5 Critical Elements of Teams That Win

In a meeting yesterday, I was asked to define what a winning team looks like? What allows a team to win, over and over again?

“There’s got to be a secret for a strong track record. A team that consistently over delivers. What should a leader look for?” she asked. “It can’t be a fluke.”
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I replied,

A winning team plans better, trusts each other more and works even harder.”

Crisis in a modern business — whether it be a startup or a large enterprise or a team working on web application development projects or mobile application development project is inevitable. Budgets get cut, systems break, projects get delayed, legal issues arise, products don’t get shipped, customers complain, social media mishaps happen, key employees quit. To survive, executives and management teams have to respond quickly, and strategically.

There’s a great book written by two University of Michigan professors on this topic –Managing the Unexpected. It examines the key elements that dictate the behavior of great teams that survive and thrive while others fail. The professors analyzed teams of all sizes, from factory workers to aircraft operators to medical specialists to come to their conclusions.

These teams, which they referred to as, “High Reliability Organizations”, are distinguished by their extraordinary ability to handle risk, stress and steer across the unexpected turns. Their ability to plan, strategize and react is what makes them standout from the crowd to achieve a state of mindfulness.

At their core, these teams have the following 5 elements that make up their mindfulness.

  1. Preoccupation with failure - a burning desire to learn from mistakes to prevent future ones. Having processes to document and share learnings freely with each other.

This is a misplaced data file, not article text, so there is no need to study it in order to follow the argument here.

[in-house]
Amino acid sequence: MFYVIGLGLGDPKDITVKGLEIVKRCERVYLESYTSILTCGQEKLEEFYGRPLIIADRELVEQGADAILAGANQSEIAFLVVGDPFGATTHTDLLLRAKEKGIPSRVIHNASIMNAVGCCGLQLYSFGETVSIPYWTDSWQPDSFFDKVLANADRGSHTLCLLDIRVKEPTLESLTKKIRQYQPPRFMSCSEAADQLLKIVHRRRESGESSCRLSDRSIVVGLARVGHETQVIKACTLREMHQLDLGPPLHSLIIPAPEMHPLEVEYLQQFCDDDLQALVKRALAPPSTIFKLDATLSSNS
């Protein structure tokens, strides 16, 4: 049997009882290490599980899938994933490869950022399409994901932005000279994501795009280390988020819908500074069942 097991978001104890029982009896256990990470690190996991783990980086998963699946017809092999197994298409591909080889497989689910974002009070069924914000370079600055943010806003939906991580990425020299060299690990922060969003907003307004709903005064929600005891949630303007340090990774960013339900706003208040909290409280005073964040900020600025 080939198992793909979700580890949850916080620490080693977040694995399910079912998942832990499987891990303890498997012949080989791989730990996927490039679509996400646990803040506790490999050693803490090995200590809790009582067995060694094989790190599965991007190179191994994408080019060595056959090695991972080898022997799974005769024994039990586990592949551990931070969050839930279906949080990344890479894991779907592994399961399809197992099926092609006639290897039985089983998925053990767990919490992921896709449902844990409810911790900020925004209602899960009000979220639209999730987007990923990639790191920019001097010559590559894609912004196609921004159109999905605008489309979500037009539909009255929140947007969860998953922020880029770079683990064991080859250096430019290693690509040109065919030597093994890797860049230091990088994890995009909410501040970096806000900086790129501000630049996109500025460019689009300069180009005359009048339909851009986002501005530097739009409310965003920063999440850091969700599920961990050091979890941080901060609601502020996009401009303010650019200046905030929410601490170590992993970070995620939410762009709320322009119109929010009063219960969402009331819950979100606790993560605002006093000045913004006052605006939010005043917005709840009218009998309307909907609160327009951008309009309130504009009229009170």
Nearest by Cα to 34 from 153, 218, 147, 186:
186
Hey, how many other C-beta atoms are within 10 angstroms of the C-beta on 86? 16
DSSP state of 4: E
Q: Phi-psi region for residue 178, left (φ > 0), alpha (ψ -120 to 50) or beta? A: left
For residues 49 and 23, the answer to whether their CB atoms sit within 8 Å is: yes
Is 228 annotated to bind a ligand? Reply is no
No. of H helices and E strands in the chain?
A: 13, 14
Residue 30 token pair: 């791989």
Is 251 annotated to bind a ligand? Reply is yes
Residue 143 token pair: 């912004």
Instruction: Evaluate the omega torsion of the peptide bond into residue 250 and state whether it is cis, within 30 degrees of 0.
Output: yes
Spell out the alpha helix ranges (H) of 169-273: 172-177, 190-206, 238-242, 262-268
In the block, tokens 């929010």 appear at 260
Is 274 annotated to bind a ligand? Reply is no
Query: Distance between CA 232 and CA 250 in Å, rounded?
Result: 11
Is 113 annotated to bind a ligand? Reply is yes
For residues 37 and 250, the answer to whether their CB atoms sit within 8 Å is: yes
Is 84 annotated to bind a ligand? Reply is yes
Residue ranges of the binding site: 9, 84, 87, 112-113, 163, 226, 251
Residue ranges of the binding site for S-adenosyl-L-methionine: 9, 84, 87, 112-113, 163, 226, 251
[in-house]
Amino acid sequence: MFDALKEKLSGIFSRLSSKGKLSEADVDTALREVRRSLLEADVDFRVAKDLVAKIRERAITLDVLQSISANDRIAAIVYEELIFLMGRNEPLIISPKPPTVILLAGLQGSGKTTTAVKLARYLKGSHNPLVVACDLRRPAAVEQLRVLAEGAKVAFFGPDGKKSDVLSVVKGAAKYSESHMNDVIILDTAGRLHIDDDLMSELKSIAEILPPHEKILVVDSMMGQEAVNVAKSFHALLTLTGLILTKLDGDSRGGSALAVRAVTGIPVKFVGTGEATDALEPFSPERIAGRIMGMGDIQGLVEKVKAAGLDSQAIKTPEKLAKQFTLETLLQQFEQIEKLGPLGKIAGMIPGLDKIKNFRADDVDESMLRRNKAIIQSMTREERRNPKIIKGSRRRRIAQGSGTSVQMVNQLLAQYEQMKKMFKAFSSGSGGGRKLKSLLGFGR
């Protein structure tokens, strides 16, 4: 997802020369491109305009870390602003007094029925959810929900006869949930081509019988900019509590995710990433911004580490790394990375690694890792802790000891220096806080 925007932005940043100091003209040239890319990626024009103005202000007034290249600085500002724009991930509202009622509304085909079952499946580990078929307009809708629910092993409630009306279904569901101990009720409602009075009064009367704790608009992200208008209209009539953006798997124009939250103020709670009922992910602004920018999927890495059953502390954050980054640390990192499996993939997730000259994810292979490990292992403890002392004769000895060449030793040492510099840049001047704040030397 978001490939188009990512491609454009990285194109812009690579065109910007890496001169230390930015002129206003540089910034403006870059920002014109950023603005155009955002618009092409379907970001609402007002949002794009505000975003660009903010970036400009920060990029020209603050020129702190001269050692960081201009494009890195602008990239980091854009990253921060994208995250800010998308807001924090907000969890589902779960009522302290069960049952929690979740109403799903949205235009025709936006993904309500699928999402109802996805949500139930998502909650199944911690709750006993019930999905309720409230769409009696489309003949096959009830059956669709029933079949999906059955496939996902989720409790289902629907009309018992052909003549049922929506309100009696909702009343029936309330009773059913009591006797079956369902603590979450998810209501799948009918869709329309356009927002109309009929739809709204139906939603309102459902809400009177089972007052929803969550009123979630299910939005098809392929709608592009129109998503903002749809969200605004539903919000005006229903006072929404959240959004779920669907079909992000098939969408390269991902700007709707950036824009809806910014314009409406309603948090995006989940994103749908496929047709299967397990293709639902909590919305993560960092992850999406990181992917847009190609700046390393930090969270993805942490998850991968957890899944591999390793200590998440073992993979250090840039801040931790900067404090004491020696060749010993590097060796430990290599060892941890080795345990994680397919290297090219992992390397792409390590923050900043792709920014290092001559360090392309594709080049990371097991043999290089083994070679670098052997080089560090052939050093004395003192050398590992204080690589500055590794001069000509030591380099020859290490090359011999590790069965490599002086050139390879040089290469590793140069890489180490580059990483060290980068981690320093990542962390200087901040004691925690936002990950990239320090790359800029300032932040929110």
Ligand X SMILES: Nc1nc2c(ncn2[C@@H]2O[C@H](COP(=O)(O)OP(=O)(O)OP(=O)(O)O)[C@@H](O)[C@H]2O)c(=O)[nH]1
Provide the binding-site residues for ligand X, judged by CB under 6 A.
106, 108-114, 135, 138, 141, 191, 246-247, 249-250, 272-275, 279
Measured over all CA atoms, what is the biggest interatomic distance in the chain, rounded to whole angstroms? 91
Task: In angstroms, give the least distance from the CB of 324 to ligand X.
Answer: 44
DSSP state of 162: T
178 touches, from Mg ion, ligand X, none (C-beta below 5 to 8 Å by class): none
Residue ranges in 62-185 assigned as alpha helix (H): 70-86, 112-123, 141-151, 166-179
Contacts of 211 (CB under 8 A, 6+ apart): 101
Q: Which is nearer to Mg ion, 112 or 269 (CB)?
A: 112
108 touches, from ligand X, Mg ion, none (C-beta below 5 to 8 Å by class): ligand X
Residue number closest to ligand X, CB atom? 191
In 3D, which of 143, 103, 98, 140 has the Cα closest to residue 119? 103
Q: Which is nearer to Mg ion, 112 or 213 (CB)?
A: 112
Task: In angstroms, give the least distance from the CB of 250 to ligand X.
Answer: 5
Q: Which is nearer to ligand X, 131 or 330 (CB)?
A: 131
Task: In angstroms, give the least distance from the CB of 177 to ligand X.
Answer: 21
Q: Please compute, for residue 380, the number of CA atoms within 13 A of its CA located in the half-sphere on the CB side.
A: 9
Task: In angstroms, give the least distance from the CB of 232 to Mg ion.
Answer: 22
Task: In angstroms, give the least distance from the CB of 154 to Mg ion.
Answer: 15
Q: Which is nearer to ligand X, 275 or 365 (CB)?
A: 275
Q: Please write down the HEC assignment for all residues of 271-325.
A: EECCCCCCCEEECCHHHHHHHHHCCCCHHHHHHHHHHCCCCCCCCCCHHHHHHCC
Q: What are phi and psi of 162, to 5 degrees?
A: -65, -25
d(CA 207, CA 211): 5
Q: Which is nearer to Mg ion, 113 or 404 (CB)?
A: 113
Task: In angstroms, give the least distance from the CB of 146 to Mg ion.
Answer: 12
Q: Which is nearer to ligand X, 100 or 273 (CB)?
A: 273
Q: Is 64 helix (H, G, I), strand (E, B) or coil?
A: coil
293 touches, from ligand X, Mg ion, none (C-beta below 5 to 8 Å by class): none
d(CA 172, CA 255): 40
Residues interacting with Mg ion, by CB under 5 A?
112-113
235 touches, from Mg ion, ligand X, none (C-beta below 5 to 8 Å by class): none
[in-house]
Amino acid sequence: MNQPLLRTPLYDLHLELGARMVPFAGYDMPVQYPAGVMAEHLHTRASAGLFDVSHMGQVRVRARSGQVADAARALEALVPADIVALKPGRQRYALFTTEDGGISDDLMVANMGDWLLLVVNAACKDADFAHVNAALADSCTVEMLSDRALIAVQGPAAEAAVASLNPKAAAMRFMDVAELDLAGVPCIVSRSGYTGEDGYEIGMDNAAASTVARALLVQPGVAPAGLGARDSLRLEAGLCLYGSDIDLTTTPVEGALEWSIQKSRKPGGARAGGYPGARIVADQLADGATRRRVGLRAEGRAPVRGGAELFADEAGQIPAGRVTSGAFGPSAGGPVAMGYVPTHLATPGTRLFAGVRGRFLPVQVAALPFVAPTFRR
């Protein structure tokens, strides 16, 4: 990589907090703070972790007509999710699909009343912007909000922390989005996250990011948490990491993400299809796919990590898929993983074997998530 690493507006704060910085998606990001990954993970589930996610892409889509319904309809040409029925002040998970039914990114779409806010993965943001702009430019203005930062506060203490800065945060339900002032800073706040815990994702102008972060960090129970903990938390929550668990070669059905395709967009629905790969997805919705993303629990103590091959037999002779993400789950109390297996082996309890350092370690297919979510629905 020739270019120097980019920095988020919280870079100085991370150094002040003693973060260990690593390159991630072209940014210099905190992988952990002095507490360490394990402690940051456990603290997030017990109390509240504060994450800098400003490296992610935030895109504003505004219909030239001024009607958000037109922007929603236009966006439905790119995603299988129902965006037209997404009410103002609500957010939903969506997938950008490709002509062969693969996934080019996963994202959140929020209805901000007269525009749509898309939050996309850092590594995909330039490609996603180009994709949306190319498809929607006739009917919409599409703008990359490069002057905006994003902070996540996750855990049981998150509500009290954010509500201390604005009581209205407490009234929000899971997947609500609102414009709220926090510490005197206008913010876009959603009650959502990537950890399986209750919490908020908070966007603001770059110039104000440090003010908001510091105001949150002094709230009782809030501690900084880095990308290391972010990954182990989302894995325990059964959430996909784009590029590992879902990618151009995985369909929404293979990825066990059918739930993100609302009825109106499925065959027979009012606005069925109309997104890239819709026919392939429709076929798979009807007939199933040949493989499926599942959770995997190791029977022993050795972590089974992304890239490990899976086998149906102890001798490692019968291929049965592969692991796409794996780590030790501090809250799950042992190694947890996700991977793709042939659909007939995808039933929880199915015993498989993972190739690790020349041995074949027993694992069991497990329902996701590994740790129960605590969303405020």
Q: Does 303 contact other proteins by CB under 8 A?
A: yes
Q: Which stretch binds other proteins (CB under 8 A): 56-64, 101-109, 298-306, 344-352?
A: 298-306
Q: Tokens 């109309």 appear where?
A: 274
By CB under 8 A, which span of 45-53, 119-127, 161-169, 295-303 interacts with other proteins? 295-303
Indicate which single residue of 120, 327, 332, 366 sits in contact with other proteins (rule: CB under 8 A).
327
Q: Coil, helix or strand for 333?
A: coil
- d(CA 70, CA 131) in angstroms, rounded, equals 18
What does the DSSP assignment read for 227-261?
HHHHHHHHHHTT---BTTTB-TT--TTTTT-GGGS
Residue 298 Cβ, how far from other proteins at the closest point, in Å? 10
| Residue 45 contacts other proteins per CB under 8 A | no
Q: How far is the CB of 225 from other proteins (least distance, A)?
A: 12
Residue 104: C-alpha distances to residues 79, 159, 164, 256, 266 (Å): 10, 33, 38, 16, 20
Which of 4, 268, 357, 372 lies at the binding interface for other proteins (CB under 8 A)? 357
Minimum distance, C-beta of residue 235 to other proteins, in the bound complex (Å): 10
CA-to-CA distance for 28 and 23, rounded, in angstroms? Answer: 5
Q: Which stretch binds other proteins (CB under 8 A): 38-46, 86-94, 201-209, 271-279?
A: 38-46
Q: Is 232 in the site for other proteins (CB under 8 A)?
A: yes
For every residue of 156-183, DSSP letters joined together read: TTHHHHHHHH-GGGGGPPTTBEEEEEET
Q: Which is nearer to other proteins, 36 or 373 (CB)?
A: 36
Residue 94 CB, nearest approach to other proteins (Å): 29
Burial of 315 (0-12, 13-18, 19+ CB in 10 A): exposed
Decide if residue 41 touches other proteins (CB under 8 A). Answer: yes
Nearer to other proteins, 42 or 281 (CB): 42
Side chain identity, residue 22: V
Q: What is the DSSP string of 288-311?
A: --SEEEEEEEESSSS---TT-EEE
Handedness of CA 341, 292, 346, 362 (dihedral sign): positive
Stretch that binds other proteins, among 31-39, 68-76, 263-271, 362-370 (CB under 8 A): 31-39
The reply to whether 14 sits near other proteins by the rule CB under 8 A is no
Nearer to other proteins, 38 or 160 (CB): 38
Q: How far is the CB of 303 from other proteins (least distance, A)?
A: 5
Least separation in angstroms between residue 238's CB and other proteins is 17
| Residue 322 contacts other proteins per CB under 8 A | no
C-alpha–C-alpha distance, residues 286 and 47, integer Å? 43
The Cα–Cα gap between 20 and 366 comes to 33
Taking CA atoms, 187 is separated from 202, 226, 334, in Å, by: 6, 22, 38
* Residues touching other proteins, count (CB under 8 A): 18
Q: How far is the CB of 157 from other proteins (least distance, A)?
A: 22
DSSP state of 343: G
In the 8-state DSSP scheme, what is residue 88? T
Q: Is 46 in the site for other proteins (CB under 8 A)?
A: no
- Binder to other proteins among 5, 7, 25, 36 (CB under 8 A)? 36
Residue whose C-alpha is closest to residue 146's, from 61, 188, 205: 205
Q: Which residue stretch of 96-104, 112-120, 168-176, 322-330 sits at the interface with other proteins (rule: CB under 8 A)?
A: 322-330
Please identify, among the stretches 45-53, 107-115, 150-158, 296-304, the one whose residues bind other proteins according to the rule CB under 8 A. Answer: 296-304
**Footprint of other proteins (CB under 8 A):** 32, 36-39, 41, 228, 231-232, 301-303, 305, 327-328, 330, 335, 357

2. Reluctance to simplify interpretations - employing brutal honesty in their cultures. In the digital space, over simplification of scope and requirements is often the cause of projects failing.
  3. Sensitivity to crisis - being ready to identify and respond to a crisis. Plan in advance. Data is all here now.
  4. Commitment to resilience - building a team that is excited to handle and bounce back from crisis without tearing each other apart.
  5. Deference to expertise - respecting insights from “experts” within the business irrespective of their seniority or lack thereof. (This is highly relevant in the digital space, given its more about the mindset than the age).

429 of the original Fortune 500 companies are no longer in business today.

Business world is rapidly changing. Your past success is no longer a prove point of your future success. To survive, your businesses must be built to move fast, be agile and experiment and always be learning. Moving fast and experimentation means your teams are bound to break a thing or two. The organization must be built to address these moments of crisis. The teams must be built to absorb, react, recover and learn from these incidents.

As you build your teams, your culture and your hiring practices. Look for folks who are never satisfied with mediocre, who don’t fit your typical moulds, who care more, and who truly are passionate. After all,

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Source: INC

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About author

Thao Nguyen

I am working as a Marketer at S3Corp. I am a fan of photography, technology, and design. I’m also interested in entrepreneurship and writing.

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